# Are there tools to select the best material based on their functions?

I'm working on a small engineer project and I need to know which materials are candidate depending on their functions. For example, I needed a material for a part of the machine that need to be transparent but not easy-break as a crystal glass. I found the site called MakeItFrom, that allow to compare materials based on their mechanical, electric, optical and more properties. But the comparison between two or more materials will take their time. Is there any way or tool to select easier and confiable the material based on their functions?

Image below is an example of the comparison based on material's properties

One method that I have used for mechanical properties is based on the Ashby selection charts. Software exists to apply this approach.

I am not aware whether comparable methods and tools exist for optical properties.

You may to best to start with the base success/fail criteria for mechanical properties, graduate to the maximum/minimum selection criteria for mechanical properties, and then limit to optical properties as the final refinement. The first two steps would use the Ashby charts and tools. The last might revert to the MakeItFrom application (with only a few materials that already meet the mechanical conditions) or simply to a manual review with a tabulation of values for transparency.

## Ashby Charts

https://en.wikipedia.org/wiki/Material_selection

The best tool is something called a materials engineer but they tend to be very expensive to buy, even on the used market. However, they can be rented. Alternatively, you can get help from a recovering ex-materials engineer (it's part of our 12-step program). It's free, and worth every penny.

• Perhaps the op is looking for a “low effort” or “free” solution. Sep 24 '20 at 5:48
• I rent pretty cheap these days, as a recovering ex-materials engineer. There's a 12-step program for that but it's... notoriously ineffective. Sep 24 '20 at 6:19
• I voted, liked the answer. Sep 24 '20 at 6:22

Ashby method as per 'Material Selection in Mechanical Design' by M Ashby (Butterworth Heinemann) is a powerful method to select material according to functional needs.

The key point of this method is to build a 'performance index' to classify materials. For example, you could classify materials according to their ratio $$\frac{E}{\rho}$$ (Young modulus over density) if you want a lightweight material with high rigidity. Note that this could lead to a quite different selection if you choose a performance index such as $$\frac{\sigma_y}{\rho}$$ (yield stress over density) or $$\frac{\sigma_u}{\rho}$$ (ultimate tensile stress over density) where material resistance is privileged over rigidity. This allows you to identitify a set of candidate materials and then you can refine your search adding more criteria if needed later on. This approach is very powerful as you can include any property of the material even cost but not so easy to actually perform.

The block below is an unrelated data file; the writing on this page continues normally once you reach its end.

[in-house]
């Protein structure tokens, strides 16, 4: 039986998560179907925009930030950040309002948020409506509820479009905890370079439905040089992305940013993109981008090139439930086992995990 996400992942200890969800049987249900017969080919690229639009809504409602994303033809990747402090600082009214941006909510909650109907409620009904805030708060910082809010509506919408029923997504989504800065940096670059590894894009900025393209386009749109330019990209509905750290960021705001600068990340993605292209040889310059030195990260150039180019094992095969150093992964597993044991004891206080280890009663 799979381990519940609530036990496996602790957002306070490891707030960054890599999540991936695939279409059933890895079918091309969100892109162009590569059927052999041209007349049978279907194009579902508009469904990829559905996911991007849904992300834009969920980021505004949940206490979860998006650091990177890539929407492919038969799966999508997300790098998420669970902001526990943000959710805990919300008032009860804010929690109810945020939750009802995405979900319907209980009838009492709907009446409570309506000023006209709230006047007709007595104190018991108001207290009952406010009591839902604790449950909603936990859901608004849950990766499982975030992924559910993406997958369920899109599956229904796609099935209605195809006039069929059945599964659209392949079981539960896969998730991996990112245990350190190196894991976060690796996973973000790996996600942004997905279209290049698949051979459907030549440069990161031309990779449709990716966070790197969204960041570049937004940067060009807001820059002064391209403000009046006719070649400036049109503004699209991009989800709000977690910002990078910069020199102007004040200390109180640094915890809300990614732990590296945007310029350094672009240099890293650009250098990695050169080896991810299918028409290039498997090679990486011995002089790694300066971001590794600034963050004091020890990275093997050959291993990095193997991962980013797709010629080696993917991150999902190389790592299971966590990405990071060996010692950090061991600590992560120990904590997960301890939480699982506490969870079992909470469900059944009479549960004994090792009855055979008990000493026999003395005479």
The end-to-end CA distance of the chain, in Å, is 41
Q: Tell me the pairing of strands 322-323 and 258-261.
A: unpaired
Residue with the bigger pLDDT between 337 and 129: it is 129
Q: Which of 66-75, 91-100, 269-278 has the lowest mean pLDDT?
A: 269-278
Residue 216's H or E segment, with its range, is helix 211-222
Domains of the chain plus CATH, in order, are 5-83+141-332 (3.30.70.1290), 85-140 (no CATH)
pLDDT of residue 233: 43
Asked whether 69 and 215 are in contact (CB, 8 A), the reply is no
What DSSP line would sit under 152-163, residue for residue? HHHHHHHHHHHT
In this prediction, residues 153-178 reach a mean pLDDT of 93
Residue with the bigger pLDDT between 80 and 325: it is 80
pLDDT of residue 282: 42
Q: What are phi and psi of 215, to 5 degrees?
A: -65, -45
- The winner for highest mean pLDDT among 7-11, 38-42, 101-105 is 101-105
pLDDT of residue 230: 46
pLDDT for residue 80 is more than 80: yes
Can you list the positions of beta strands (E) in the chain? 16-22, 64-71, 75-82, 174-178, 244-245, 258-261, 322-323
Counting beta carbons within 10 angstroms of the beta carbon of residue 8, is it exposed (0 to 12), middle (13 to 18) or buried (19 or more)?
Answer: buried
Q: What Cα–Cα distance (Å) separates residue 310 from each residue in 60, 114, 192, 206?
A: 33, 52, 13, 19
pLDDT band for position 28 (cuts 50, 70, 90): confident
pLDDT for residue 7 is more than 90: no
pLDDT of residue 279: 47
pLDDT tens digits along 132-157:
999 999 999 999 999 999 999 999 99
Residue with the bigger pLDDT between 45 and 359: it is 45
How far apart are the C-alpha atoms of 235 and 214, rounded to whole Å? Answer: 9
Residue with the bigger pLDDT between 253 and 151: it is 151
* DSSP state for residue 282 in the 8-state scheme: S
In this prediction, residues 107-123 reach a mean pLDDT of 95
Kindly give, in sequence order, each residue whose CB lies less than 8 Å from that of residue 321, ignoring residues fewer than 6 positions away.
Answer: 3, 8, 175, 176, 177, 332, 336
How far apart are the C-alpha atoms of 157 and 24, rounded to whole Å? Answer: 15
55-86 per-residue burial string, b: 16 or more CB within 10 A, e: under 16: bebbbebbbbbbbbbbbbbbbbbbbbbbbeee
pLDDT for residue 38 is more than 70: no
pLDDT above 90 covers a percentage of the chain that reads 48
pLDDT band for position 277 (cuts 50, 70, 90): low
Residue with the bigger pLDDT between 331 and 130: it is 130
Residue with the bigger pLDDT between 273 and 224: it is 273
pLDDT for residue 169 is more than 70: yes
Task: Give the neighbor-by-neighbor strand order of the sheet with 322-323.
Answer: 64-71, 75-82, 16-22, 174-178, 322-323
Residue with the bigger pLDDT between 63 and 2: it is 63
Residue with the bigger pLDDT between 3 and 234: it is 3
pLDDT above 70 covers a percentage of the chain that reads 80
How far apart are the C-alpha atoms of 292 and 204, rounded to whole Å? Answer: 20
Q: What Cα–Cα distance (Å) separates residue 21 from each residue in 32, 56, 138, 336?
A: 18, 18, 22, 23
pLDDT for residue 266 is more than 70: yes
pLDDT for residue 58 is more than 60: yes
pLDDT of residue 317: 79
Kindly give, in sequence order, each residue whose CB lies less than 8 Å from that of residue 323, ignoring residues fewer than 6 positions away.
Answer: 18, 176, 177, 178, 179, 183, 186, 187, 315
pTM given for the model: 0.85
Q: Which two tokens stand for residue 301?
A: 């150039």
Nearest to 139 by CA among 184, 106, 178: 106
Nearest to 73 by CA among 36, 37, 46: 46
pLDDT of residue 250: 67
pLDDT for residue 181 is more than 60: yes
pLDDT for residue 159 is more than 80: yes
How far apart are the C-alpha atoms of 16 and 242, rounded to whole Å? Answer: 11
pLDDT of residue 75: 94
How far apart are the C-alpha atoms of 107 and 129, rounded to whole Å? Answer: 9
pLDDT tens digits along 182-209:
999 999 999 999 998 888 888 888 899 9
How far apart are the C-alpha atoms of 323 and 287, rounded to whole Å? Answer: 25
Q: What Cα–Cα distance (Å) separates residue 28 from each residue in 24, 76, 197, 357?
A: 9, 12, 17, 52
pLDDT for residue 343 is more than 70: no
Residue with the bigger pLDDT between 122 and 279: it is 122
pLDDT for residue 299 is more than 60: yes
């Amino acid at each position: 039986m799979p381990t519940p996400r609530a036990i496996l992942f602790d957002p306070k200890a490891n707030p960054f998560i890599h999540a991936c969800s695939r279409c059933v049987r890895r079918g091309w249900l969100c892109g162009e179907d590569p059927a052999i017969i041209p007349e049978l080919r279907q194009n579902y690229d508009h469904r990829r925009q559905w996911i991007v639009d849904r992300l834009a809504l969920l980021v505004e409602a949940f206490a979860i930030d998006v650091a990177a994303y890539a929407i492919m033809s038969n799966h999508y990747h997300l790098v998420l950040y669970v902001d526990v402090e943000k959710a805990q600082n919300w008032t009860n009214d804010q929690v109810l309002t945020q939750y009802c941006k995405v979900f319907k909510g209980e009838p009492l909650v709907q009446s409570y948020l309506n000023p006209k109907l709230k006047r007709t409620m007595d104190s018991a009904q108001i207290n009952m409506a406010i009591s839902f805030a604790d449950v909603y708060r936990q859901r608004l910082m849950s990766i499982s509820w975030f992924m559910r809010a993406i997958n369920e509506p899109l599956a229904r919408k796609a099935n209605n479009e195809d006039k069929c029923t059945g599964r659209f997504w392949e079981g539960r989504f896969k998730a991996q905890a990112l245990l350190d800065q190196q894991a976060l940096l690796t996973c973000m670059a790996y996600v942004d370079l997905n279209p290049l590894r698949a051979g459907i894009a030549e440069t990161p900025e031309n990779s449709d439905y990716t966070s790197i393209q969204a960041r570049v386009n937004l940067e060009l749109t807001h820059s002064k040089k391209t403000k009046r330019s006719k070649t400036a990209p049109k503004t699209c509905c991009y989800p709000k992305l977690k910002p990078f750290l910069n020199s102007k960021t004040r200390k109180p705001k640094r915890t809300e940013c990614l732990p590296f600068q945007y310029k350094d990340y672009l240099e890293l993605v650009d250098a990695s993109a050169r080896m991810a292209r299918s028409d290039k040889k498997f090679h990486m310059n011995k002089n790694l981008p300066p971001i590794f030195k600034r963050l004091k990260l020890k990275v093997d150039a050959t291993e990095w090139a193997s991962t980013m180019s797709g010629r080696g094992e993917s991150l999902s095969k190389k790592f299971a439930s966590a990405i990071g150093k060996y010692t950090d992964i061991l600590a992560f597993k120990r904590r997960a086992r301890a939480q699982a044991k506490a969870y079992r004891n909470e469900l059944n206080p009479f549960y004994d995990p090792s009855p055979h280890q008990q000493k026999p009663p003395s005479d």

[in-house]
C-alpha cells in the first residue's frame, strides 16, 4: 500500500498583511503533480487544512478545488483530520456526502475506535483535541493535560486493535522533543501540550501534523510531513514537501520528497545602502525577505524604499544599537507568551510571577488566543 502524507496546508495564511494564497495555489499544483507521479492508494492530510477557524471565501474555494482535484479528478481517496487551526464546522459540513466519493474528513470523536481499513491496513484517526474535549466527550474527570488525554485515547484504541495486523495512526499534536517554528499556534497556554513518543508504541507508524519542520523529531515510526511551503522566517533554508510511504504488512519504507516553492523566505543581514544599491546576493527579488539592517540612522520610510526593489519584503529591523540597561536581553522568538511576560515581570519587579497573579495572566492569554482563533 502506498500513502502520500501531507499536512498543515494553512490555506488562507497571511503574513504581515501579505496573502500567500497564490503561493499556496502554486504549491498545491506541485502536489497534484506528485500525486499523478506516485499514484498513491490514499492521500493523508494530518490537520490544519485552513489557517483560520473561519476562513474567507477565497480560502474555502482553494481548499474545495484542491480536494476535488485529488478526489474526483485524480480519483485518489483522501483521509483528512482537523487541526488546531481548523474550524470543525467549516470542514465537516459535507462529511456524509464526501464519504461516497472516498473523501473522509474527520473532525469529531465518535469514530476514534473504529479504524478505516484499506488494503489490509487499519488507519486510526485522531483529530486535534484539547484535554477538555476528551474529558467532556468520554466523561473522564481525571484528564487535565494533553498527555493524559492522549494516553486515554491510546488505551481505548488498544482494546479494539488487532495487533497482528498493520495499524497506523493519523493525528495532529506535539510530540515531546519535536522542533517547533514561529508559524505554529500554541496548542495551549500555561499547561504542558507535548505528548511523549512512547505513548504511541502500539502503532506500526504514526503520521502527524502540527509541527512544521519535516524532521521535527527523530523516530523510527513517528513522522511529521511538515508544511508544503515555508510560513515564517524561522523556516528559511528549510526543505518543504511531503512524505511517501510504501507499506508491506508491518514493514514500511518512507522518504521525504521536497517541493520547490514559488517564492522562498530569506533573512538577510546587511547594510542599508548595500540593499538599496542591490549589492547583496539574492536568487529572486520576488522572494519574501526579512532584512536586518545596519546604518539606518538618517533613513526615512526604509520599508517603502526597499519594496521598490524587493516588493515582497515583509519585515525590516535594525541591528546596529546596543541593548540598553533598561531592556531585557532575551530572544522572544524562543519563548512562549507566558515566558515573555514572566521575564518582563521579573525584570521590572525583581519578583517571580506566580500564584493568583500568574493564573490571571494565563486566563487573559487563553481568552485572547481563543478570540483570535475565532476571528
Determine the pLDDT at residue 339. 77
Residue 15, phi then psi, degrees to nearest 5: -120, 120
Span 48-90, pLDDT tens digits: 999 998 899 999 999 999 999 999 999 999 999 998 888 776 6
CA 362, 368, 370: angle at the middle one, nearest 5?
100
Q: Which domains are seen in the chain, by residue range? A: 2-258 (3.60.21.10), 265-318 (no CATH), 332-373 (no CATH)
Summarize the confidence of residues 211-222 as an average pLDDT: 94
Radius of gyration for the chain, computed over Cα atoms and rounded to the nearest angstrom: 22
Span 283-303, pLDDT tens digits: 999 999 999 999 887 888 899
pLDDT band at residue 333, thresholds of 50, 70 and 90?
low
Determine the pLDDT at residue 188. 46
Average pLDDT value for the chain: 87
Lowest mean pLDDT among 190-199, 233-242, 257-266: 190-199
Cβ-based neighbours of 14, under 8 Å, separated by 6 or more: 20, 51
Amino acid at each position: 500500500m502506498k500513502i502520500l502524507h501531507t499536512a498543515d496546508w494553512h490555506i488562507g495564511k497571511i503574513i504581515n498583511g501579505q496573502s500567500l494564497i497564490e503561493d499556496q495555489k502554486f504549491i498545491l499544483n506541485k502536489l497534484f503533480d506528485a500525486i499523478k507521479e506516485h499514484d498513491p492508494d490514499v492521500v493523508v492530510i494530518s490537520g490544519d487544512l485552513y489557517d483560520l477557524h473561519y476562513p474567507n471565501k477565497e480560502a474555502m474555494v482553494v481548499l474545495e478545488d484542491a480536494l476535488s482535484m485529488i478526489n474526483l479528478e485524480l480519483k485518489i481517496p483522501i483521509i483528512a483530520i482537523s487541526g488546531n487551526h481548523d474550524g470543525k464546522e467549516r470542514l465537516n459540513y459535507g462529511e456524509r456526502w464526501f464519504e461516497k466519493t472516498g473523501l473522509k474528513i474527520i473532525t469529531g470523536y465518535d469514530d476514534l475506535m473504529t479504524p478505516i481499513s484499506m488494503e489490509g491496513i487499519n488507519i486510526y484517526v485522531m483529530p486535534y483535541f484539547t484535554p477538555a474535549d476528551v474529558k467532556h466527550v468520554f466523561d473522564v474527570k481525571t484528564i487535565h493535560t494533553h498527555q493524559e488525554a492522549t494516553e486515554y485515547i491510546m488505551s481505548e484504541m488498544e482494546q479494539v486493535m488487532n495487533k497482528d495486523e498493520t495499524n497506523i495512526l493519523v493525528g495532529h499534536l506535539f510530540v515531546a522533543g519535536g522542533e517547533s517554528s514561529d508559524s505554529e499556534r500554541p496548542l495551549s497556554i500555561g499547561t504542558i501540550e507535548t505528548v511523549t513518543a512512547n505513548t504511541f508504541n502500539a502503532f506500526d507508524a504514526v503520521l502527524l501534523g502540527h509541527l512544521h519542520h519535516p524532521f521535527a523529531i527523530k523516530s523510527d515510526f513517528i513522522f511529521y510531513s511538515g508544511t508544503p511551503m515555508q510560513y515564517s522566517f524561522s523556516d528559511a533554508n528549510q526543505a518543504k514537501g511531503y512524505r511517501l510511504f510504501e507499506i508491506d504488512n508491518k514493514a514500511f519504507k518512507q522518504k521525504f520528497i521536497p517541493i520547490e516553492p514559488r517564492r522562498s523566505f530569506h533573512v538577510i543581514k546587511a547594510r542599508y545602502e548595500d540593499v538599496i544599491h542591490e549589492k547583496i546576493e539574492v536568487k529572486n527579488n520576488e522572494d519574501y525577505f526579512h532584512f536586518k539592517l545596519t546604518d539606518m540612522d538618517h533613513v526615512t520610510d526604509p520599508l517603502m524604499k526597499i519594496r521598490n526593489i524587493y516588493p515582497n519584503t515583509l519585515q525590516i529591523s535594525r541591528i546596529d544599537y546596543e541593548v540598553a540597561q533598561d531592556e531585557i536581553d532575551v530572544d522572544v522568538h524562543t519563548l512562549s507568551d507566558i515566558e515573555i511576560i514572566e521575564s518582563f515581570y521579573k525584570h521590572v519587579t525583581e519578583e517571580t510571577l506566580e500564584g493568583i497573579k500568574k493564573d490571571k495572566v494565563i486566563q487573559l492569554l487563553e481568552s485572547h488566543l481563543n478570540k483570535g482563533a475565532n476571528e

The difficult parts are:

• building the right performance index corresponding to your functionnal requirements
• finding the property values of the material

A commercial software helps you by providing build-in performance indices and large material databases with more or less accurate property values but good enough for a first selection.

However it can be made simple if you clearly identify the key properties for your application and have a limited set of candidate materials whith known property values. May be in your case properties like light transmittance (for transparency) and toughness obtained by Charpy notch test or critical stress intensity factor ($$K_{Ic}$$) could be a good starting point. Property values coming from a simple web search could be sufficient. High accuracy property values is not needed as they are used only for a first selection. Once you have good material candidates then you can select the one with lowest cost, easy to machined and so on. As an advice don't rely too much on a selection based only on manufacturing criteria as it is tempting because those criteria could conflict with your functional needs.

Material selection is a crucial step to get your CNC project right. Think of it as assembling a Subway meal based on your diet plan; you add meats if your diet chart asks for more protein, and greens for a vitamin fulfill. Similarly, selected materials must cover your design prerequisites— hardness, rigidity, thermal stability, and chemical resistance just to name a few. And your budget as well, of course.

Material characteristics are especially important when you require high precision CNC machined parts with complex designs. For instance: amorphous materials like metallic glass and polymers generally hold tighter tolerances than, say, aluminum.

• I checked the blog, very useful introduction that I needed. Sep 24 '20 at 20:55